Snow Cream

There's been a revolution in Egypt, but I don't have anything new and insightful to say about it. Except it's awesome. Power to the people!

I do have something to say about Snow Cream, however.

First off, Southerners freak out when it snows. A "blizzard" came in Wednesday morning and we got about six inches. Everything closed. In fact, it's Friday and the university where I teach is still closed. Seriously. It's gonna hit 45 degrees today and the roads are, by and large, clear, but I'm not complaining. Five-day weekend!

But there's this delicacy called Snow Cream.

Mark and I went for a walk yesterday and when we came home, our neighbor, Monroe, was gathering snow in a pitcher. We made small talk for a while and then I asked Monroe why he was gathering snow in a pitcher.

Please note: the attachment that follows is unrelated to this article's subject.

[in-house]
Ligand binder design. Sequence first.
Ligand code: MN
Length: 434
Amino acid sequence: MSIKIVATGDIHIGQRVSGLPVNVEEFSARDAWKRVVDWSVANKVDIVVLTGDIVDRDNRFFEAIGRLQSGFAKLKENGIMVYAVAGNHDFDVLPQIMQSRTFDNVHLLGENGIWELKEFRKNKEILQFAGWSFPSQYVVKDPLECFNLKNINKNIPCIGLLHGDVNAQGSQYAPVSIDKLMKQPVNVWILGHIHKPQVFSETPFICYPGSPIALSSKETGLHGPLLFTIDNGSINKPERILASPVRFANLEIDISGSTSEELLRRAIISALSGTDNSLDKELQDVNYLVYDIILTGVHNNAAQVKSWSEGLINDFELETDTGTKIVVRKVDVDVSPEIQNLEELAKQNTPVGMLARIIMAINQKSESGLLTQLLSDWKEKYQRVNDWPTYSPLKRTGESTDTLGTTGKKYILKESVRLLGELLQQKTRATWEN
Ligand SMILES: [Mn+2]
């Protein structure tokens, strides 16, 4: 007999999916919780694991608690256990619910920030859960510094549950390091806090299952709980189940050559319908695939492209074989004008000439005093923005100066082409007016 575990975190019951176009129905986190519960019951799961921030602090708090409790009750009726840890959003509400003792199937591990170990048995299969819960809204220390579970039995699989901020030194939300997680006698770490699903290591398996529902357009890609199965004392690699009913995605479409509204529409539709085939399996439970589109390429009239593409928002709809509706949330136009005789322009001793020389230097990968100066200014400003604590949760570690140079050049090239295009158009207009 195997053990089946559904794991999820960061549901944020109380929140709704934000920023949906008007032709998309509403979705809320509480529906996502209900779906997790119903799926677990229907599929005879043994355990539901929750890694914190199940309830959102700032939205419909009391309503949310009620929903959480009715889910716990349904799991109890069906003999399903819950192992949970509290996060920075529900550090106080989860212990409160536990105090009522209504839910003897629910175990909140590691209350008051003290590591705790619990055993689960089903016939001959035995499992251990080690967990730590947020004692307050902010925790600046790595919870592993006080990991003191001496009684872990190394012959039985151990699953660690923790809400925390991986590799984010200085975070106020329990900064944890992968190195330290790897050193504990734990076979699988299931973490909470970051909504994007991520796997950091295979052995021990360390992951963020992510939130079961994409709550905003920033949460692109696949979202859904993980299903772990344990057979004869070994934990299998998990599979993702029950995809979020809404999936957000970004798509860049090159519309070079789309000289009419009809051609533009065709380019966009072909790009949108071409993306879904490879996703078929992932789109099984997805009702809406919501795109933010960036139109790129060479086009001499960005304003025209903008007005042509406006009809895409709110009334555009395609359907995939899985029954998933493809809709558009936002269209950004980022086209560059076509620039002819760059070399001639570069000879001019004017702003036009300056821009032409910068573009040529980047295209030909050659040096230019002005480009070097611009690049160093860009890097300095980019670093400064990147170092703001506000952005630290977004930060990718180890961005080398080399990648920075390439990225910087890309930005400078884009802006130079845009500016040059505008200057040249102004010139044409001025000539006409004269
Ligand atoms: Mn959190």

"Snow Cream," he said, as if it were self-evident. "You never heard of it?"

I'm from New Jersey and Mark's from Minnesota. Both places have a fair amount of snow, but neither one of us had ever heard of or made Snow Cream. I assumed it was a Southern treat like fried pickles until I looked it up on Wikipedia. They date it to 15th century England.

Here's how you make it: Gather clean snow. Make sure it's been on the ground a few hours. Somehow that makes it purer. Put it in a big bowl and mix it up with a can of sweetened condensed milk and a teaspoon vanilla. Or you can use whole milk, sugar and vanilla. Stir it up real good and serve immediately.

It's supposed to have the consistency of ice cream. Mine didn't. It was like cold sweet milk. It melted as soon as I stirred it. I followed Paula Deen's recipe to the letter. Maybe I didn't add enough snow. I think you need a wheelbarrow of snow.

And now most of the white stuff has melted and what's left is old and dirty. The Snow Cream's moment has passed.

I wonder if they've ever heard of Snow Cream in Egypt?
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